Saturday, December 21, 2013
Vindication of a Criminal
Crime has existed almost as long as mankind has, and has ingrained itself as an Achilles’s heel in our society. It can neither be eradicated nor foreseen and has to be borne. The scriptures and murals of the ancient world also depict petty thieves, gamblers, and warmongers. In today’s world, the media has given us as a comprehensive picture of the scale of atrocity that our society sees on a daily basis. The past month has witnessed sexual scandals, a brutal assault in an ATM, shocking murders, chain snatching, robberies, and child trafficking. Corruption too has bewitched our society, right from the petty bribes we pay all the way up to multibillion scandals that have defaced our country’s image. Crime, at each level of hierarchy, is here to stay.
Our heart melts when we read about a 10 year old girl ruthlessly raped 20 times a day, or about an old lady who was struck on the head with a machete. We are left ruing the state of our society and hoping the law takes it proper recourse and strikes the criminals. Most of us also seem to have a flair for sensationalism and jump at any opportunity to be armchair critics and pass their own judgements and character assassinations. However, thinking beyond all these knee jerk reactions, have we ever spent time pondering over what creates these criminals? Why has crime become so rampant that criminals have formed their own class and strata in society? What were the factors that fostered and drove them to become so heartless and wretched?
‘Criminals are not born. They are made’
At some point of time in our lives, each one of has felt tempted to commit a crime, irrespective of the gravity of it. Sometimes, we are so insinuated by injustice or malice, that we start fuelling a vendetta against someone. We might have really wanted to kill someone because of blind hatred and irritation. We have contemplated running off from shops without paying. Some of us have probably even stolen small amounts of change from our parents! Personally, I have always had this kleptomaniacal urge to steal chocolates and even did it once! We all have our share of petty lies and blames.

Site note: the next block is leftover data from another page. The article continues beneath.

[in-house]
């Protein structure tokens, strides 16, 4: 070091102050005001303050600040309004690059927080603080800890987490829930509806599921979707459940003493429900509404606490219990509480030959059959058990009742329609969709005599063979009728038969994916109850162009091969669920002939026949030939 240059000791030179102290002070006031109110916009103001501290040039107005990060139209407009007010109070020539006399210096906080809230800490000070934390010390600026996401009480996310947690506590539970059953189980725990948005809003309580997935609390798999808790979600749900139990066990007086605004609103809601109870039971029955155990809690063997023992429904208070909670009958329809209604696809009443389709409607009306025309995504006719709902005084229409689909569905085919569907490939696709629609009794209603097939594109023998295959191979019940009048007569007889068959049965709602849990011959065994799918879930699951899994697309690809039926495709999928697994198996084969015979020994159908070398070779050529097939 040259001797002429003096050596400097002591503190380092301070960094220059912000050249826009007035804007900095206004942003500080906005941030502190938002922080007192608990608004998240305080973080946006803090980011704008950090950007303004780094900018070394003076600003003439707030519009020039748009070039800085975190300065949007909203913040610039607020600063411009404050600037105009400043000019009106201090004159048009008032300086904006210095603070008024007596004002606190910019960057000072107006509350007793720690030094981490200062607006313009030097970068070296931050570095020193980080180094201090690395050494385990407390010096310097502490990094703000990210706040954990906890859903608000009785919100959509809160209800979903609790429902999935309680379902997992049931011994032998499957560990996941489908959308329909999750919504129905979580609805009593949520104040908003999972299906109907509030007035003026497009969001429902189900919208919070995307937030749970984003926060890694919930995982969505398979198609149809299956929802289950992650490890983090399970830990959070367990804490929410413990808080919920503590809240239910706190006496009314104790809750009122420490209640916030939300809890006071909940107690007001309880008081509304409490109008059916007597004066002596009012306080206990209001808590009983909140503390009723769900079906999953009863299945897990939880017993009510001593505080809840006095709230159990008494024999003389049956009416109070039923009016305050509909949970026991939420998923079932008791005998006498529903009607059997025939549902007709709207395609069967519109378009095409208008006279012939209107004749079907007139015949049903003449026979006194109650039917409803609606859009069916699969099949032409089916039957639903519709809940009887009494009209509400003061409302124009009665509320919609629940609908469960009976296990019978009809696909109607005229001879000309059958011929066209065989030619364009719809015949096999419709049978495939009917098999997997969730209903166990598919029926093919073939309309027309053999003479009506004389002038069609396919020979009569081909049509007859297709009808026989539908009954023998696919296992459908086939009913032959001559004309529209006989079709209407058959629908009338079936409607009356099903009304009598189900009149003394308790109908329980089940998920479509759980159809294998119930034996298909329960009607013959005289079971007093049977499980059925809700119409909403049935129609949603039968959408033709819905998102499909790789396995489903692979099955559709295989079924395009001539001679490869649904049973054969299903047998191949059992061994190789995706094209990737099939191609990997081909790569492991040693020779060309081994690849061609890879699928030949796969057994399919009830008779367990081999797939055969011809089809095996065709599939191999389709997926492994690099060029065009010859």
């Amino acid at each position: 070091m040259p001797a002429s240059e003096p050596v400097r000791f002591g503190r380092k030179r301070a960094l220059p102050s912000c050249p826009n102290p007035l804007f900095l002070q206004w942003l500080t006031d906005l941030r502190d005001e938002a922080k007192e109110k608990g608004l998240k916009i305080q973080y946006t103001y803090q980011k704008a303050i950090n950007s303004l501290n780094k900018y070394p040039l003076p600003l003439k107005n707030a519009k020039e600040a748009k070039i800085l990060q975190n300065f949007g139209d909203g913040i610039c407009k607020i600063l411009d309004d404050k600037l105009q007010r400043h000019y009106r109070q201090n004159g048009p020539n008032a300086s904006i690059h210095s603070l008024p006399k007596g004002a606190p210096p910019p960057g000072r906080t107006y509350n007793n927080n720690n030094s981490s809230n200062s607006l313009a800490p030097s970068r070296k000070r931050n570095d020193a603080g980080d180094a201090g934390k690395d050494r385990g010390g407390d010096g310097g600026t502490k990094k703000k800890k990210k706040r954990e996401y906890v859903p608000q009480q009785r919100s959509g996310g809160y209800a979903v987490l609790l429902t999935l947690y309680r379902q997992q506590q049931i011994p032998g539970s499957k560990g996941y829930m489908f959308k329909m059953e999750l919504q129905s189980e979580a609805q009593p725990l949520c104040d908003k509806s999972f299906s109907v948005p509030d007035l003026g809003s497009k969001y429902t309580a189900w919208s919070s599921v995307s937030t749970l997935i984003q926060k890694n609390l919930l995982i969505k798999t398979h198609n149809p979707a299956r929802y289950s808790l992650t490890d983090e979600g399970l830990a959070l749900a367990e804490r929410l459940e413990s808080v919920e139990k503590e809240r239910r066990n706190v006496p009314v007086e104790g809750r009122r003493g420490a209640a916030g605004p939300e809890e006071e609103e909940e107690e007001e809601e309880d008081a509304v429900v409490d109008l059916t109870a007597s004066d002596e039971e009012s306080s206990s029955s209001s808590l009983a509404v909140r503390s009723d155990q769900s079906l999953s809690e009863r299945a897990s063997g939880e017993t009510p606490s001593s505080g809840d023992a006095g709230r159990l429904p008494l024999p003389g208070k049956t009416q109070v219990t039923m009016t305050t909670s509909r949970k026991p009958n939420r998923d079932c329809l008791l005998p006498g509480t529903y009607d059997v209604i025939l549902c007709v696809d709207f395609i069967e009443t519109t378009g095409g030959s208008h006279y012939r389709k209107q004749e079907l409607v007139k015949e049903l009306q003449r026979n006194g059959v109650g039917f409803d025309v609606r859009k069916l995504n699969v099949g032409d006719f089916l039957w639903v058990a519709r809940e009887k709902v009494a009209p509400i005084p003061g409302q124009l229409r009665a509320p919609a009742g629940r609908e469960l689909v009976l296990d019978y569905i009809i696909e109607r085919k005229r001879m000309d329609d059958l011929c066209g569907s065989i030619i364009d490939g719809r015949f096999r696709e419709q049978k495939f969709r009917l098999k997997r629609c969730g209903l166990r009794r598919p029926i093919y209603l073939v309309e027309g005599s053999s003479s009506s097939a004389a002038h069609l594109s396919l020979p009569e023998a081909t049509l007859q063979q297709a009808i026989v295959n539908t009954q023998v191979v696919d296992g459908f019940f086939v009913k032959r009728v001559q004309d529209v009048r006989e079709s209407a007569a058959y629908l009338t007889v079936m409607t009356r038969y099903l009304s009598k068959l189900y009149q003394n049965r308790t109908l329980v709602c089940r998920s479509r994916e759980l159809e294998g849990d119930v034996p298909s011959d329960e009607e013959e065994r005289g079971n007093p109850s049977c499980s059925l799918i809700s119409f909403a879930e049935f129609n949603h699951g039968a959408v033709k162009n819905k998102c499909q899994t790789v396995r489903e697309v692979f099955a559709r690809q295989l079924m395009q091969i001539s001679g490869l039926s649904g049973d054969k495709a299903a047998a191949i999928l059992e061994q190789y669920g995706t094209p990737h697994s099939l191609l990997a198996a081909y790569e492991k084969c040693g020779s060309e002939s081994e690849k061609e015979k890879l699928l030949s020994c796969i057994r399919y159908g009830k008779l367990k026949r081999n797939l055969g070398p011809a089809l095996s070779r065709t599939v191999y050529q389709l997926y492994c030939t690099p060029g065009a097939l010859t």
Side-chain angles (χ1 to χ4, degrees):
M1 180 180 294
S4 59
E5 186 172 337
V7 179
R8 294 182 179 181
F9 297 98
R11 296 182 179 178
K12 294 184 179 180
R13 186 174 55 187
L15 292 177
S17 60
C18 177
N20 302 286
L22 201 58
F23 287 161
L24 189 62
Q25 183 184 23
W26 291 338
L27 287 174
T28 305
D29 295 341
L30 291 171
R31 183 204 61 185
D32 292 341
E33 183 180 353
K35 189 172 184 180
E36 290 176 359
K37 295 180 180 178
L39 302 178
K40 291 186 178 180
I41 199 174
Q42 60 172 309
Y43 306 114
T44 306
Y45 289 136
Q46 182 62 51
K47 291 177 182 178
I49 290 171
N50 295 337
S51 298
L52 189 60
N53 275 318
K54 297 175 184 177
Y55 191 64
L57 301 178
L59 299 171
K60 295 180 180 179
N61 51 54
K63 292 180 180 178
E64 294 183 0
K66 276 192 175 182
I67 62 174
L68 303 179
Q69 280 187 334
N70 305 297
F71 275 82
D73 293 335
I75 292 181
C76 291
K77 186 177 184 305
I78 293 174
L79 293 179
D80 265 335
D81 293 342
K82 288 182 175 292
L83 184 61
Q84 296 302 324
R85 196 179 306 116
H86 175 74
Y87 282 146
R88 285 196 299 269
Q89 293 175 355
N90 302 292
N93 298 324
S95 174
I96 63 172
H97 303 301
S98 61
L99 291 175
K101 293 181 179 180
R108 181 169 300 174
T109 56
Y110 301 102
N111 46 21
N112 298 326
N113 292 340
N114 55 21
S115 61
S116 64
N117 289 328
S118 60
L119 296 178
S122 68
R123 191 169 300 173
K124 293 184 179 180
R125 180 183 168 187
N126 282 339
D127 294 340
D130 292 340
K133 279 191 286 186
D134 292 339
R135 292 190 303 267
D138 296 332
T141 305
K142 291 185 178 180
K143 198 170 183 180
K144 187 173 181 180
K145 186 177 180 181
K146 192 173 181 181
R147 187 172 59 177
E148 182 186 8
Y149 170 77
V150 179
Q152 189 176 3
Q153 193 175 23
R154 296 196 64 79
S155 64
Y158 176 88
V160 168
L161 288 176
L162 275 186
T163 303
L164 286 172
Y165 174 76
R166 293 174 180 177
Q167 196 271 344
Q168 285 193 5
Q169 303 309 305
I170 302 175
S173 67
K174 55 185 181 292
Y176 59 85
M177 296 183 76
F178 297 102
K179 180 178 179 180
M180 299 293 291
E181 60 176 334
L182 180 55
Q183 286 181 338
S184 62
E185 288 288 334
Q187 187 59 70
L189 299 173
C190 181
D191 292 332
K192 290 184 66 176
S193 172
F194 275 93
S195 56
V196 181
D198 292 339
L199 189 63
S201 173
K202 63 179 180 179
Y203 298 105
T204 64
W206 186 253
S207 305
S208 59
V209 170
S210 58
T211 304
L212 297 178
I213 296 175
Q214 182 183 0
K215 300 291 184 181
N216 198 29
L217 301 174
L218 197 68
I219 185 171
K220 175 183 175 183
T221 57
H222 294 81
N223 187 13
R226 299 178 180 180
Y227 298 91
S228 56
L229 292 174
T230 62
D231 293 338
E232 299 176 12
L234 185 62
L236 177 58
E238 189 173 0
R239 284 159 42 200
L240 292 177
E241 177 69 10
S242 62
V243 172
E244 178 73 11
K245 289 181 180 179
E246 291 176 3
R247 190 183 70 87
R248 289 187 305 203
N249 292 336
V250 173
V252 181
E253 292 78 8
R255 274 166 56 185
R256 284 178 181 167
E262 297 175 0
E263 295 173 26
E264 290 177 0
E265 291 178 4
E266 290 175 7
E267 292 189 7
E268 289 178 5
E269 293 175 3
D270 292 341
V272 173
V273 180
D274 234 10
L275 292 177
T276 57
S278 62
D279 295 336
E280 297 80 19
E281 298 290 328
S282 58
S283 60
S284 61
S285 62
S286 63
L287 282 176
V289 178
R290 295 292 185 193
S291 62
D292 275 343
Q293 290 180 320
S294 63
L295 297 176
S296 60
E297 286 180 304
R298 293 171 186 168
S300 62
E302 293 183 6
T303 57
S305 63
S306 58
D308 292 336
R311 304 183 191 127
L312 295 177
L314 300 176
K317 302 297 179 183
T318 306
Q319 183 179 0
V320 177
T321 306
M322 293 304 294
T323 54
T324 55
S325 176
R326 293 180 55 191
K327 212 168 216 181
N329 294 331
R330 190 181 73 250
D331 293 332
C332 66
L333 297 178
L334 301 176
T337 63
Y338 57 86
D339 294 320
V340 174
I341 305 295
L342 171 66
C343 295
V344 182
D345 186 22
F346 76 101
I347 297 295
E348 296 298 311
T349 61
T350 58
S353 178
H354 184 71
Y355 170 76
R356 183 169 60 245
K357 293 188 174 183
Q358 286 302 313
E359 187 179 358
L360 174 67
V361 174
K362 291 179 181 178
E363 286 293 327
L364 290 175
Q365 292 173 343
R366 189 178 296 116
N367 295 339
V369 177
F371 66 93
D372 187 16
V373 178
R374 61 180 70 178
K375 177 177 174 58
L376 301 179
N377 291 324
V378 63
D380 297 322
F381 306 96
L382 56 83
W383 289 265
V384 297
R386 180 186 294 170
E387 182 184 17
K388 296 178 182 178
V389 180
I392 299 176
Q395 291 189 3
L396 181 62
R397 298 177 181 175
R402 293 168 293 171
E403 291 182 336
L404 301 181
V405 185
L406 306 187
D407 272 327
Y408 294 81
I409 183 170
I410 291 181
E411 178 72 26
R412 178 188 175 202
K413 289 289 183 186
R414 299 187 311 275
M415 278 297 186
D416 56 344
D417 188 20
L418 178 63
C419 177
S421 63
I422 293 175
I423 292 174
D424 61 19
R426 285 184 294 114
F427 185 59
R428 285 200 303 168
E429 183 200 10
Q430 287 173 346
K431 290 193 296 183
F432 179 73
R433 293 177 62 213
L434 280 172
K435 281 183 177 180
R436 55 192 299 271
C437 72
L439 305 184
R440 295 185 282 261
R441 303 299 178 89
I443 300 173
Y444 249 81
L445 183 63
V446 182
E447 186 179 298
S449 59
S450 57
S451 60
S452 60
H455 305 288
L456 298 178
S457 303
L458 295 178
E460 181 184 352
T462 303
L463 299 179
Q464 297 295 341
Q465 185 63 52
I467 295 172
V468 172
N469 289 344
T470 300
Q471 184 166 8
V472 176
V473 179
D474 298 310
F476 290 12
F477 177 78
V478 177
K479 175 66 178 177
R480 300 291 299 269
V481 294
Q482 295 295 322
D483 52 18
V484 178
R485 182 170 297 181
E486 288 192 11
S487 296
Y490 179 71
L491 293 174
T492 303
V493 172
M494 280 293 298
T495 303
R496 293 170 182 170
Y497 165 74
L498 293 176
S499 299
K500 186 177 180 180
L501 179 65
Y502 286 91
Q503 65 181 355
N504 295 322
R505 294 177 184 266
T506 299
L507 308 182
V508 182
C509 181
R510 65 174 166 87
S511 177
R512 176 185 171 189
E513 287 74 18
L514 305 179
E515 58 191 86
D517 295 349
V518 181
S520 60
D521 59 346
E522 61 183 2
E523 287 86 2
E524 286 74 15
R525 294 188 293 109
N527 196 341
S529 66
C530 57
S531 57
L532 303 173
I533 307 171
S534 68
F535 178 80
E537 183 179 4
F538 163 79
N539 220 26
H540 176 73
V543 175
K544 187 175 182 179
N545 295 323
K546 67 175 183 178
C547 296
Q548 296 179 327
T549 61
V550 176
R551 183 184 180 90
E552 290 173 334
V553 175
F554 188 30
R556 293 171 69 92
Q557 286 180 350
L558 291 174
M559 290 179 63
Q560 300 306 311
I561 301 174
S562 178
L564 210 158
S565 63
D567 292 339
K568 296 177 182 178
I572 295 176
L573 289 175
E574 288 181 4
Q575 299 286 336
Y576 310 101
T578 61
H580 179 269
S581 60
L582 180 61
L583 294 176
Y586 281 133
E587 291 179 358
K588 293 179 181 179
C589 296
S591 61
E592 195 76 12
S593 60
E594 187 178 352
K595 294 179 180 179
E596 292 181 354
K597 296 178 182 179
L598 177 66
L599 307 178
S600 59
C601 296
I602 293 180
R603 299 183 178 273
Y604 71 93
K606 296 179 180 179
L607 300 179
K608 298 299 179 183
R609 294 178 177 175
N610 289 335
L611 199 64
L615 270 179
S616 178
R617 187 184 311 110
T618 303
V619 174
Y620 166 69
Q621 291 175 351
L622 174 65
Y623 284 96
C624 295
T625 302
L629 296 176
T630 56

‘Our impulses are too strong for our judgement sometimes’
However, it is that one instigative spark at such a moment that transforms an ordinary man into a criminal. Your entire future boils down to that one threshold decision you take (To be, or not to be). Most of us have the sense to dispel these petty thoughts as soon as they are formed. Some, however, play along with these malicious ideas and step foot into a world of ignominy and sin. So, what leads them to this wrong decision?
'The laws of genetics apply even if you refuse to learn them'
Science has explanations that delve into pathology and genetics. Researchers have proven that most criminals have a particular chromosome passed down that makes crime inherent in their genes. This gene may go undiscovered for generations before a person actually exhibits such traits. This chromosome has also been said to be the reason for most criminals being male. In any case, the evidence has been insufficient to firmly assert that criminals are born. Genetic disorder, in spite of having little weightage, simply cannot be used an excuse for those who commit crime.
‘Circumstances make man, not man circumstances’
Environment is another factor that breeds criminals. Poverty is one such factor where basic necessity drives people into resorting to wrong ways. Their impoverishment often leaves them with no other option. Their only goal is to survive tomorrow, even if it renders them blind to all ethics or justice of any sort. Various mafia movies have depicted how poor and ordinary men are forced to take up arms in the face of prejudice. Some men, who lose all faith in the law of the land, erect a court of justice for themselves and abide by its principles. I quote from the movie Nayagan, ‘As long as it feeds four mouths, nothing is wrong’.